Meteorologist Dennis Todey, director of the USDA’s Midwest Climate Hub, says the indications for La Nina conditions are steady and the pattern may last another three months or more.
“We have about a 65% chance of it persisting through winter which is fairly good from a climate perspective,” Todey says. “The expectations are, typical La Nina conditions are what are reflected in the outlooks. The Northern Plains has a little better chance of being colder than average and potential for wetter than average conditions.”
A La Nina occurs when Pacific Ocean surface temperatures trend below normal for several months. Todey says this La Nina pattern appears to be only moderate in force.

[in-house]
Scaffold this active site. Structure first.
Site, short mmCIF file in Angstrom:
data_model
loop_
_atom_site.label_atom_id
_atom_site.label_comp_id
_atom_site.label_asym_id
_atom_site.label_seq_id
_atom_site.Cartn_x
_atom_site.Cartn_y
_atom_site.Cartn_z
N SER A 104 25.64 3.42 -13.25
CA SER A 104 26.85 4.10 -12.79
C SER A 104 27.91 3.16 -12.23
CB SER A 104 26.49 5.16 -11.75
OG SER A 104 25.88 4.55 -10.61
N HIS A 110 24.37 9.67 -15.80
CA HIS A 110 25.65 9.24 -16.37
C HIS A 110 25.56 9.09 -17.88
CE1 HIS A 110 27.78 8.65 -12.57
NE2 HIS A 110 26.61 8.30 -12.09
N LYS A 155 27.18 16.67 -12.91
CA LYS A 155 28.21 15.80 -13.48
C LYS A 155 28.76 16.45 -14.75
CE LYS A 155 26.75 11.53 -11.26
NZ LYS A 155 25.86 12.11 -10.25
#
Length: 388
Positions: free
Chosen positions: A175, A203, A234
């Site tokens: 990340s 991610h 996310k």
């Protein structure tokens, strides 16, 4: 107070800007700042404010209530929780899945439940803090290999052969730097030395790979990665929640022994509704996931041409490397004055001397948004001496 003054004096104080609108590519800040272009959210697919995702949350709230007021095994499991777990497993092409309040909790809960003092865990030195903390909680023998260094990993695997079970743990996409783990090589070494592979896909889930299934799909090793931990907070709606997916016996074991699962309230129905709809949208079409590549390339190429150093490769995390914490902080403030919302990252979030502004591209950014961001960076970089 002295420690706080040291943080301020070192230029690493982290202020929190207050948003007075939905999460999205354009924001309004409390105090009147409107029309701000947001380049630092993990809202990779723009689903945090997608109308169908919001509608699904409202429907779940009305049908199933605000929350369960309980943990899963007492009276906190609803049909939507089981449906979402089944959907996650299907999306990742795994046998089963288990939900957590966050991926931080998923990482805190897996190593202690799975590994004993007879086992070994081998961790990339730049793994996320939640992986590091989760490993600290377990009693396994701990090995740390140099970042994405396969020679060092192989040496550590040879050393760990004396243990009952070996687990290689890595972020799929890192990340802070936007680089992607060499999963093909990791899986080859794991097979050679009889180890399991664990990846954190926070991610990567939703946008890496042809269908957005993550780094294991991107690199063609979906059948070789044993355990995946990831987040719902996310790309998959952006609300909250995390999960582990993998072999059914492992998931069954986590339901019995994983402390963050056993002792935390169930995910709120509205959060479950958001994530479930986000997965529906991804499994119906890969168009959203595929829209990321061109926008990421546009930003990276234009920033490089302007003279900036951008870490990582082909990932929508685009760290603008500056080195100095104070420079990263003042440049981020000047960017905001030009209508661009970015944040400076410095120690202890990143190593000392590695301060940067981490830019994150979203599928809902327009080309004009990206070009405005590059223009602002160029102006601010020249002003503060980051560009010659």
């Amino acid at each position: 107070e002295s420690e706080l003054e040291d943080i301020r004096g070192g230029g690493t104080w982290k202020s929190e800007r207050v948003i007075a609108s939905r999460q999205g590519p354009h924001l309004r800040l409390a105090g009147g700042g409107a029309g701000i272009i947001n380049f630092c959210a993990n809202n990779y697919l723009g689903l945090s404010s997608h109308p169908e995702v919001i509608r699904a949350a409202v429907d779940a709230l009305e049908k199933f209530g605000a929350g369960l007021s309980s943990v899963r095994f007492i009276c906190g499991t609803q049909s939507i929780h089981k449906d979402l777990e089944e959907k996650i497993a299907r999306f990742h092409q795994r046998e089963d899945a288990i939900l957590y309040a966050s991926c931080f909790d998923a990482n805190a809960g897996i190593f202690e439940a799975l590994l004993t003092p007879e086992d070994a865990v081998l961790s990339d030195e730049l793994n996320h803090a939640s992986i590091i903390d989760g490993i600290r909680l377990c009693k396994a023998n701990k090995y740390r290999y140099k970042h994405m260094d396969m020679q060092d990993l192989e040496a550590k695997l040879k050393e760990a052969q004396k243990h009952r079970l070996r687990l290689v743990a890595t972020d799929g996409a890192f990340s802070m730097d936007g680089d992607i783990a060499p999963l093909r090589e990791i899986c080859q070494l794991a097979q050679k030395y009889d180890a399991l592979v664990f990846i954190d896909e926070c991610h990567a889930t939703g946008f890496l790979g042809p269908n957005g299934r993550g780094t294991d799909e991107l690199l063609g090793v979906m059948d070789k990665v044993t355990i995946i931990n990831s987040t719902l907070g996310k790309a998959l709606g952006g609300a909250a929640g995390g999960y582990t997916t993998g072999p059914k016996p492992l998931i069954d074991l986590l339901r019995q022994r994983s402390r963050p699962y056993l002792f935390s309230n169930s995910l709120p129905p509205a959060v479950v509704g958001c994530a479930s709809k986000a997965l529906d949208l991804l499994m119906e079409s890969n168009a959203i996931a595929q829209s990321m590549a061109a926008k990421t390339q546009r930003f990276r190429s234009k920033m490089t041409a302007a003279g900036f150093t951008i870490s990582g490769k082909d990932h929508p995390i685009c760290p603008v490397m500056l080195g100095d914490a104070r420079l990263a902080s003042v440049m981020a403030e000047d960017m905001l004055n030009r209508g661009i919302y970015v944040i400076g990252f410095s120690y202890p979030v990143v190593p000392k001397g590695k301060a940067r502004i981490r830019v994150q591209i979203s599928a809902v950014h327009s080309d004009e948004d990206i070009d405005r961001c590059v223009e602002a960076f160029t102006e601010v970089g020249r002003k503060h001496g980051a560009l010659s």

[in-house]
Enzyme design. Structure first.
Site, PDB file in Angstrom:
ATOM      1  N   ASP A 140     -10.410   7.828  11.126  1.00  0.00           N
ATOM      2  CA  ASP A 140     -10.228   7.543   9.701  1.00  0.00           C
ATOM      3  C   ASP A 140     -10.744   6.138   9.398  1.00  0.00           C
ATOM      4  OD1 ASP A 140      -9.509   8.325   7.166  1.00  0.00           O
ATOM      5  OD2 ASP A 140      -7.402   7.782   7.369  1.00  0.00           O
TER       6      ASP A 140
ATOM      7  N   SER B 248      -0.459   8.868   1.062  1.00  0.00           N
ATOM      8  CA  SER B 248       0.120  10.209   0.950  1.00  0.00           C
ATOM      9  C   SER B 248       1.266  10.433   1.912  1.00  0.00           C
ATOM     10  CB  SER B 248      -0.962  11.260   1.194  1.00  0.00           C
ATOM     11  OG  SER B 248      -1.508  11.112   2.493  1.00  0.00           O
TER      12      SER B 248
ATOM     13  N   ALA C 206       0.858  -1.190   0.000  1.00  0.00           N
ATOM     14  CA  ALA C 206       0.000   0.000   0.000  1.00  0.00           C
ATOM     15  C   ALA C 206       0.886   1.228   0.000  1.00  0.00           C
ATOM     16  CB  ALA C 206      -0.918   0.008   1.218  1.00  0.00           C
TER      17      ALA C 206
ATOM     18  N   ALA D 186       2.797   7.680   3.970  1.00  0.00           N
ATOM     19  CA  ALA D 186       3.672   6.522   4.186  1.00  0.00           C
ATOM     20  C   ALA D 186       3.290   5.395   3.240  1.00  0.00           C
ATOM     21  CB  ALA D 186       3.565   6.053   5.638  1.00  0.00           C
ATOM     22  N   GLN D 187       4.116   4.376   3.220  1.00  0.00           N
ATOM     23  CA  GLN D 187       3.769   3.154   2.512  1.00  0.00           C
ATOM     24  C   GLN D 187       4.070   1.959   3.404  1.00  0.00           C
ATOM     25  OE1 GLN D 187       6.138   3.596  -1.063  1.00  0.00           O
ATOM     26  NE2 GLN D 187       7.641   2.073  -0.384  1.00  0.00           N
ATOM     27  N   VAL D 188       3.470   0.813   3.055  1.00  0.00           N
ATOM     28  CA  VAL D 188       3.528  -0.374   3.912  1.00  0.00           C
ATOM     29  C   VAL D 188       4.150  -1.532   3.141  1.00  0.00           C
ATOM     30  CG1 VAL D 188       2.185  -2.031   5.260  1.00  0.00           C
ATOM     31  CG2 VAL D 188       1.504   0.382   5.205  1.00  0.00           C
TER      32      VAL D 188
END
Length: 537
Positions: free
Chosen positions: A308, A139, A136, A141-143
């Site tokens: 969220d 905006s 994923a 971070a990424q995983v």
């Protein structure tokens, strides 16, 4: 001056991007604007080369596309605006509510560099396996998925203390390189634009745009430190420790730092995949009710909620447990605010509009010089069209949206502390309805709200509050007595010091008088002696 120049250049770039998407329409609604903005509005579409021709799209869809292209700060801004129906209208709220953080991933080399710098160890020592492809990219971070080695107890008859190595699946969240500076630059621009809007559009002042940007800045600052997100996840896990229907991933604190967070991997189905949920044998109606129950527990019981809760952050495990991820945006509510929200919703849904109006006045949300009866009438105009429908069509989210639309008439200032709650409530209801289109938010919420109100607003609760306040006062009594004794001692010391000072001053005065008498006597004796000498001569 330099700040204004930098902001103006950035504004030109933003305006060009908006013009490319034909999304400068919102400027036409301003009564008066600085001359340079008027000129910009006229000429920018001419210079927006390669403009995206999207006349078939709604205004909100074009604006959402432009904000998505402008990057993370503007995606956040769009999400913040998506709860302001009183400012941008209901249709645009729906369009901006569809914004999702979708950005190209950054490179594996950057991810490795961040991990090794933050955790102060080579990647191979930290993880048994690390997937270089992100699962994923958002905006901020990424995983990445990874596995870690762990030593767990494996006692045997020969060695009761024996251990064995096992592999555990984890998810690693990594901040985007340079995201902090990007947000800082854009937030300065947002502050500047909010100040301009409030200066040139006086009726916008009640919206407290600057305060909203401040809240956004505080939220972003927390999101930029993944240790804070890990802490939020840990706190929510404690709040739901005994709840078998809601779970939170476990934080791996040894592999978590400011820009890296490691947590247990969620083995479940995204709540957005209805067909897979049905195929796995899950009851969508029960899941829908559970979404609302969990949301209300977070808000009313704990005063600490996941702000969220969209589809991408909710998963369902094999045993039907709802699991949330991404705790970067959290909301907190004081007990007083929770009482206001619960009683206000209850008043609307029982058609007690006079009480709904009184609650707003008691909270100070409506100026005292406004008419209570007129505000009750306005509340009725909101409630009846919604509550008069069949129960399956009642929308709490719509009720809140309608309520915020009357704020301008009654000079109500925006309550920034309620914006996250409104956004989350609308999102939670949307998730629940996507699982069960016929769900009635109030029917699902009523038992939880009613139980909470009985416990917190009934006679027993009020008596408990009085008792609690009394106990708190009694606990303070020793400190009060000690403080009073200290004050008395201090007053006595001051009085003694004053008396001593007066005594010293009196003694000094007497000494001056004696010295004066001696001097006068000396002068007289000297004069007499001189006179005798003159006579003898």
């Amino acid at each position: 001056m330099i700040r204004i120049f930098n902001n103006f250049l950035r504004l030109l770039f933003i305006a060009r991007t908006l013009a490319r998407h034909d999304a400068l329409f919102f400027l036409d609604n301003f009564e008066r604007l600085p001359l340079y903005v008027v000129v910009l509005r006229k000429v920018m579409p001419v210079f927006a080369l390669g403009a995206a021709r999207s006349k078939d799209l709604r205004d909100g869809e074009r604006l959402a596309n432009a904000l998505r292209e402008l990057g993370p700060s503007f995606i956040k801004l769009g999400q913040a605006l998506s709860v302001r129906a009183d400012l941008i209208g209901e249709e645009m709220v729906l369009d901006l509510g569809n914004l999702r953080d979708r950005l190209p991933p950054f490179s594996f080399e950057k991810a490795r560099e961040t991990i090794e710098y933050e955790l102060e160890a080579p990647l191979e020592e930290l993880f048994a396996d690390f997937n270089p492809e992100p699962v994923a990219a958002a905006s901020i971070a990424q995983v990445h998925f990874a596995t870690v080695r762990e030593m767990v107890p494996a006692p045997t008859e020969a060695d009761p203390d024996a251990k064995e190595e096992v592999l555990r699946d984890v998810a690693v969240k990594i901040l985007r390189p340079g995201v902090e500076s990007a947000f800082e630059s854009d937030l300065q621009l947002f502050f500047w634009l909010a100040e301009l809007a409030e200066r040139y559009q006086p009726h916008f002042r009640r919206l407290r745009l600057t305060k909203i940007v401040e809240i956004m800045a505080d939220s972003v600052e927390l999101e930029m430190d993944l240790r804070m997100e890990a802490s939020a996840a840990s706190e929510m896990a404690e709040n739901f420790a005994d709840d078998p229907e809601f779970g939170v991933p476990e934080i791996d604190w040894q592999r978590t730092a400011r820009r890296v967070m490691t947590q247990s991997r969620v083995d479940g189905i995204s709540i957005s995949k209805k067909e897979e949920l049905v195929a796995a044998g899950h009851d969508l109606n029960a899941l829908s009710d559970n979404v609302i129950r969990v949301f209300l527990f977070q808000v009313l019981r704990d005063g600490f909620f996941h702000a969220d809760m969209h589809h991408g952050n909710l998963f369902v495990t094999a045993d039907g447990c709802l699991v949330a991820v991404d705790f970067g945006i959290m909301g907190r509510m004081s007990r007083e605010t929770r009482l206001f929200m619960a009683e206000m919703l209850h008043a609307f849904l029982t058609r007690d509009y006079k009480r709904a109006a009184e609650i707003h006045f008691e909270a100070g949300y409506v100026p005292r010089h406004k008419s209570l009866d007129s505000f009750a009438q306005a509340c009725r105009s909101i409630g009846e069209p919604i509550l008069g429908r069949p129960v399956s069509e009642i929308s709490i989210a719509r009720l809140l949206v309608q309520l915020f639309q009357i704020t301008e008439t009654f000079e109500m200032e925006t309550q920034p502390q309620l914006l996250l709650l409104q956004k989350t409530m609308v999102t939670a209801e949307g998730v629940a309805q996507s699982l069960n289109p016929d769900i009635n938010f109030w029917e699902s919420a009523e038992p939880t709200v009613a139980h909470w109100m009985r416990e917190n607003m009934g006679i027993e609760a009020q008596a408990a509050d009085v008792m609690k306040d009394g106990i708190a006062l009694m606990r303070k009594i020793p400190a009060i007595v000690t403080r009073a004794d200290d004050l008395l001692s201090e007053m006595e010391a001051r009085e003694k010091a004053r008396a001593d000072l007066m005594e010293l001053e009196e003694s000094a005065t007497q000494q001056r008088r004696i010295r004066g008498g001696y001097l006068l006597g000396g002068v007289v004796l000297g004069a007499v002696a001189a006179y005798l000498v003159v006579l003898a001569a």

“This is not going to be a really strong La Nina so our outlooks don’t reflect a real strength,” Todey says, “but at least when we have a La Nina, we have a little better chance of being able to say what we’re seeing going through the wintertime.”
This weather pattern usually brings certain conditions to Nebraska, namely more colder temperatures and more snow than usual.
“If you like snow, we have a little better chance of having some snow on the ground but there’s not a ton of confidence behind this that it’s going to be exactly like this,” Todey says, “but with the La Nina, we have a little better chance of saying that it will be like this.”
He adds, the expectation is that the La Nina will fade rather quickly next spring.
By Jerry Oster, WNAX, Yankton